25 Pages Posted: 27 May 2010 Last revised: 25 Dec 2010
Date Written: May 10, 2010
What are bid-protests? What functions do they perform? This article proposes that government contracting, especially the source-selection process, gives rise to a particularly intractable set of transactional hazards: governmental opportunism, involving elected officials and public employees, and third-party opportunism, involving businesses engaged in protesting decisions made by public employees. It shows how the first of these hazards can be addressed by third-party intervention and how third-party intervention leads to third-party opportunism. It argues that existing arrangements governing the source-selection process, primarily the GAO’s bid-protest mechanism, effectively mitigate the consequences of governmental opportunism and, owing to this mechanism’s design, reduce the direct harm resulting from third-party opportunism as well. More formally put, it concludes that this mechanism works to minimize the sum of the costs of opportunistic behavior in the source selection process and of the costs of protecting against it and, therefore, that these governance arrangements are effective solutions to the idiosyncratic transactional hazards associated with government contracting.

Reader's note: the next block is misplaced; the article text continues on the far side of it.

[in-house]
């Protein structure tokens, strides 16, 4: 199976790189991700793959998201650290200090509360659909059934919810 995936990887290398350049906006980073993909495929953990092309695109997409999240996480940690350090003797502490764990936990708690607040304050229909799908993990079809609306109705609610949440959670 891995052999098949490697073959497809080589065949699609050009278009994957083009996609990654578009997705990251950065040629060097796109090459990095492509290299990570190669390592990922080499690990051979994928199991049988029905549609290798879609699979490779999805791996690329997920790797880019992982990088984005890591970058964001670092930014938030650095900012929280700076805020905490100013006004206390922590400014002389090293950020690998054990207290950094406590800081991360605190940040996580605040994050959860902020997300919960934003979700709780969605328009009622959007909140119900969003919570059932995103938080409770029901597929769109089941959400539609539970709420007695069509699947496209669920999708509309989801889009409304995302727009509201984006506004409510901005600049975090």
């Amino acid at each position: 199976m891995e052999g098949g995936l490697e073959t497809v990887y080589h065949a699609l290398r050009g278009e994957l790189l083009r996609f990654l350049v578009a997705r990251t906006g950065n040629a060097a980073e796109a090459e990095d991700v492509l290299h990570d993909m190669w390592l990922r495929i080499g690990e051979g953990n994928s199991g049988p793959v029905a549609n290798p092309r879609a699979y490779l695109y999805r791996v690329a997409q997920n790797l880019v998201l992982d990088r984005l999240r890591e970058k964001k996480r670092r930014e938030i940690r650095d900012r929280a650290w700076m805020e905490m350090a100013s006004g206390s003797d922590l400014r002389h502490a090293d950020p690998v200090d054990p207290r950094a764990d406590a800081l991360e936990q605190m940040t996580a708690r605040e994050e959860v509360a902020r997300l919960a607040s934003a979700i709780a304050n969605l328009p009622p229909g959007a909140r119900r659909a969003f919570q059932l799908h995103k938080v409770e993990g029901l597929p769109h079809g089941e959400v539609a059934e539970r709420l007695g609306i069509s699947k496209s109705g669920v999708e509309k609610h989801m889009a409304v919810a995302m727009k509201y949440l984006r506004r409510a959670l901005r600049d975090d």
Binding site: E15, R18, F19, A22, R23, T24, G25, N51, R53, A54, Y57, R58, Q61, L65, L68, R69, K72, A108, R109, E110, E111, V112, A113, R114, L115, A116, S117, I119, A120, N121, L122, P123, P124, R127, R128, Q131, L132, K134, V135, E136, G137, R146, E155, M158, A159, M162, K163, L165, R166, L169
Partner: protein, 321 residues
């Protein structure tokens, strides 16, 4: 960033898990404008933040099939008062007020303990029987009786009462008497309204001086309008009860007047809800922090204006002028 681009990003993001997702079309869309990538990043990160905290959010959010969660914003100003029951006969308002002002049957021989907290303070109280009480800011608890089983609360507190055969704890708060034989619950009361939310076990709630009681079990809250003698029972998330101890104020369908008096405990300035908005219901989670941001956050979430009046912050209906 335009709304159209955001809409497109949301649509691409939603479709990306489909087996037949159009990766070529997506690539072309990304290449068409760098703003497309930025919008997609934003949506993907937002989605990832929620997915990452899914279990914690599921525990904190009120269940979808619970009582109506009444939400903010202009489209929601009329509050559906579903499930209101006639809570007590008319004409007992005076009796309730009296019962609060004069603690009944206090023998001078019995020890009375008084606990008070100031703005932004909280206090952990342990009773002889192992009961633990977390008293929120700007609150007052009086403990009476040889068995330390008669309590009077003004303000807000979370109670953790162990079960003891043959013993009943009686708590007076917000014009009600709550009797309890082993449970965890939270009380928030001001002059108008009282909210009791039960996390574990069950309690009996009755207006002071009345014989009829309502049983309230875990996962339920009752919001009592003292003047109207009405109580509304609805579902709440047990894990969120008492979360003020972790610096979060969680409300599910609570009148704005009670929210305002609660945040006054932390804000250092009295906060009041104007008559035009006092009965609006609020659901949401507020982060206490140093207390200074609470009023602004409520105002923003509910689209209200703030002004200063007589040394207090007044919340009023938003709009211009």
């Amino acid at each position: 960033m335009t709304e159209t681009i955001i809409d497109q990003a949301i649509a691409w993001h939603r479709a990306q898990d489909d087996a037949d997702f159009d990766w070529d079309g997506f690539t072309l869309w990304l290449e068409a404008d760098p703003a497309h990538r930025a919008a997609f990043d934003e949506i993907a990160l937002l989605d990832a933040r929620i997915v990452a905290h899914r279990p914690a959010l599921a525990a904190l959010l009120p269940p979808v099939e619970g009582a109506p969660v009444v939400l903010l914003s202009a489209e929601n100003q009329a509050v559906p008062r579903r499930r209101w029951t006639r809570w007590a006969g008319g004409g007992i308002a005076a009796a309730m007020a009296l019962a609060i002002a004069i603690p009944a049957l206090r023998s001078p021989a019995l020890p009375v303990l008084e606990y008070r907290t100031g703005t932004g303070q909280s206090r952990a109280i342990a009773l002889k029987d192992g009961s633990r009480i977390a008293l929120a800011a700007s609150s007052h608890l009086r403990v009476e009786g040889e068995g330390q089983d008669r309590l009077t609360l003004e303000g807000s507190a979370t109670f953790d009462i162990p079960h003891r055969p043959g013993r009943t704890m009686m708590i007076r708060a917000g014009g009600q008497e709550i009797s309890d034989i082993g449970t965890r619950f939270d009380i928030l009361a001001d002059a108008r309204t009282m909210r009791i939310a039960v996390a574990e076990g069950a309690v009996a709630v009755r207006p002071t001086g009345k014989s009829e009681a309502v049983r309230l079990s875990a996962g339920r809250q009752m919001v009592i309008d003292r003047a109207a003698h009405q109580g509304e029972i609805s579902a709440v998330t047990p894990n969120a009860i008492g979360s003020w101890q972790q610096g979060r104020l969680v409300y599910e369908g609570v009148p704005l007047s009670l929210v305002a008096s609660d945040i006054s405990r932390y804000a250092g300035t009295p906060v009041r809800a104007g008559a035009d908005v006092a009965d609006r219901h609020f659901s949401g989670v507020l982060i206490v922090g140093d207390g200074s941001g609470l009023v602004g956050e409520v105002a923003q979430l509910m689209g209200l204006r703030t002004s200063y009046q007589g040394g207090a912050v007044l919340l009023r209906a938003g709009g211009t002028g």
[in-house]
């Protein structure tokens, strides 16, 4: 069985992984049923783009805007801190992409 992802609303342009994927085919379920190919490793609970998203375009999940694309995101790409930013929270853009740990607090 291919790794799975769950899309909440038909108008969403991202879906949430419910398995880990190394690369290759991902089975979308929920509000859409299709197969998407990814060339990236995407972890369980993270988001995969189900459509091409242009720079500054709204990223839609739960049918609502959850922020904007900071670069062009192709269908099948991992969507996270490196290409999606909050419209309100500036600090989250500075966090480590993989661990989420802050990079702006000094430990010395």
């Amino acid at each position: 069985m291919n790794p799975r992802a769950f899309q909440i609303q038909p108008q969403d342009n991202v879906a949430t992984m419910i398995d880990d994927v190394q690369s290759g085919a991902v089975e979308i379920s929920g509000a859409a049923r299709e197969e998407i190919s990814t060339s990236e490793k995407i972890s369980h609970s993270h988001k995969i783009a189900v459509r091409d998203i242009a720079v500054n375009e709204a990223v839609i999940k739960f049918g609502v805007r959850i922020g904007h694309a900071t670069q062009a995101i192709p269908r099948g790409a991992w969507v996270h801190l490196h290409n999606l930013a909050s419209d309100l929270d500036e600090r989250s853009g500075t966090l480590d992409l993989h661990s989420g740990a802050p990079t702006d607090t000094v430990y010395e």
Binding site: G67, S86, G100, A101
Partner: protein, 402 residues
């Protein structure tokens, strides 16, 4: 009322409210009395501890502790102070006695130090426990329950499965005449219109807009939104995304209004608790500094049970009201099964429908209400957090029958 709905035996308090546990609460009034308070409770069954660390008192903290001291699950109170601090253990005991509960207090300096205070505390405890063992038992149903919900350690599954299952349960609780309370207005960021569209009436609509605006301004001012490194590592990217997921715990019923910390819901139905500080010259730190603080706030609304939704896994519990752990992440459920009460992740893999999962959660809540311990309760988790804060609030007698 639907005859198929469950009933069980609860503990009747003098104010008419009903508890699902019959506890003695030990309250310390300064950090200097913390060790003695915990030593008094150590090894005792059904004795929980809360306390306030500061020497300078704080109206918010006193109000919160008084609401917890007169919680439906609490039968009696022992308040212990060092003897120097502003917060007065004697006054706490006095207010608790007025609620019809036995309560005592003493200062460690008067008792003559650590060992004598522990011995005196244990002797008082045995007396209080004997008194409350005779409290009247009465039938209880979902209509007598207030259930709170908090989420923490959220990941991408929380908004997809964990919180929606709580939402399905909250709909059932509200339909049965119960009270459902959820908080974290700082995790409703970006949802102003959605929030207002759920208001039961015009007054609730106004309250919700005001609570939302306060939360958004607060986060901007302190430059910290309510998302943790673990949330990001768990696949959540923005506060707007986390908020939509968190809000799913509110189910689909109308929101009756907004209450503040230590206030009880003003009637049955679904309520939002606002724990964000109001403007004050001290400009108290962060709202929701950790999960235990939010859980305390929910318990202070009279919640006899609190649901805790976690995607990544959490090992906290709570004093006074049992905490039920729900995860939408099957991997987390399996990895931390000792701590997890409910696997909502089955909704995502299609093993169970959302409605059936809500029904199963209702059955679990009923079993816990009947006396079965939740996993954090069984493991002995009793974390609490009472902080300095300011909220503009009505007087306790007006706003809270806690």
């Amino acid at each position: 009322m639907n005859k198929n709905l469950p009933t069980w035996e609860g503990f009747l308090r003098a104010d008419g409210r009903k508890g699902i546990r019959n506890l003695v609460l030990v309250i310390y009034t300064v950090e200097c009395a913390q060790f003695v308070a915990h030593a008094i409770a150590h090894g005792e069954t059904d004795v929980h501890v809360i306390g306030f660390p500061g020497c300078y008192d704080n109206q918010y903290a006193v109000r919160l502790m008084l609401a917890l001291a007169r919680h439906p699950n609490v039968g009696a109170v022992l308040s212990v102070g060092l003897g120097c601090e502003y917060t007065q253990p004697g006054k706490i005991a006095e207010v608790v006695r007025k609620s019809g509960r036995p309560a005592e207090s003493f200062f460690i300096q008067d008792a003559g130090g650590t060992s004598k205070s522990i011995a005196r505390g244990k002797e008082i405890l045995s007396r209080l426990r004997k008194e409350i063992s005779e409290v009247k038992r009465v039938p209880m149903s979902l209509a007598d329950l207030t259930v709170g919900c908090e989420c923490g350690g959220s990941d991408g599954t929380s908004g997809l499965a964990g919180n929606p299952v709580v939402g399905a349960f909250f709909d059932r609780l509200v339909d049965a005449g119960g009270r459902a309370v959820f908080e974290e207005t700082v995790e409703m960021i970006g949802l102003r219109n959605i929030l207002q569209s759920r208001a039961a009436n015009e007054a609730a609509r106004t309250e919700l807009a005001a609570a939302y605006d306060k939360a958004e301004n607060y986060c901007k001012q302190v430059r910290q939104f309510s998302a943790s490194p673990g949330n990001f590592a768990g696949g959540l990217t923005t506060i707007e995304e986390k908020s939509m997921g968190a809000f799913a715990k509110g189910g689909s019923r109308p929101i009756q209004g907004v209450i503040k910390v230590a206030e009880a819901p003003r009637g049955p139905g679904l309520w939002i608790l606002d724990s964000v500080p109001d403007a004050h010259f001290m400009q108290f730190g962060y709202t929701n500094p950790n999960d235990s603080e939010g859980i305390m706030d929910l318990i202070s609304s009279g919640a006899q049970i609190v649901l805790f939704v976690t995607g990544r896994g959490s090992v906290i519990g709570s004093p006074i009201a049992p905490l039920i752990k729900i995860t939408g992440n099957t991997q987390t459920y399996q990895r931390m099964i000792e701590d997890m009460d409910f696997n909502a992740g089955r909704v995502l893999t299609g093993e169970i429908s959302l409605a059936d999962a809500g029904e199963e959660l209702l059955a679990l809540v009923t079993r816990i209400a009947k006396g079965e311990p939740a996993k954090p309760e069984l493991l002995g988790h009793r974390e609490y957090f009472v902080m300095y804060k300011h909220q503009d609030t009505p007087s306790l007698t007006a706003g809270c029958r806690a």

Keywords: Governance, Bid protests, GAO, Defense acquisition, Procurement, Fairness, Opportunism, Transaction costs
JEL Classification: H57, H83
Suggested Citation: Suggested Citation
Maser, Steven and Subbotin, Vladimir and Thompson, Fred, The GAO's Bid-Protest Mechanism: Effectiveness and Fairness in Defense Acquisitions? (May 10, 2010). Available at SSRN: https://ssrn.com/abstract=1616424 or http://dx.doi.org/10.2139/ssrn.1616424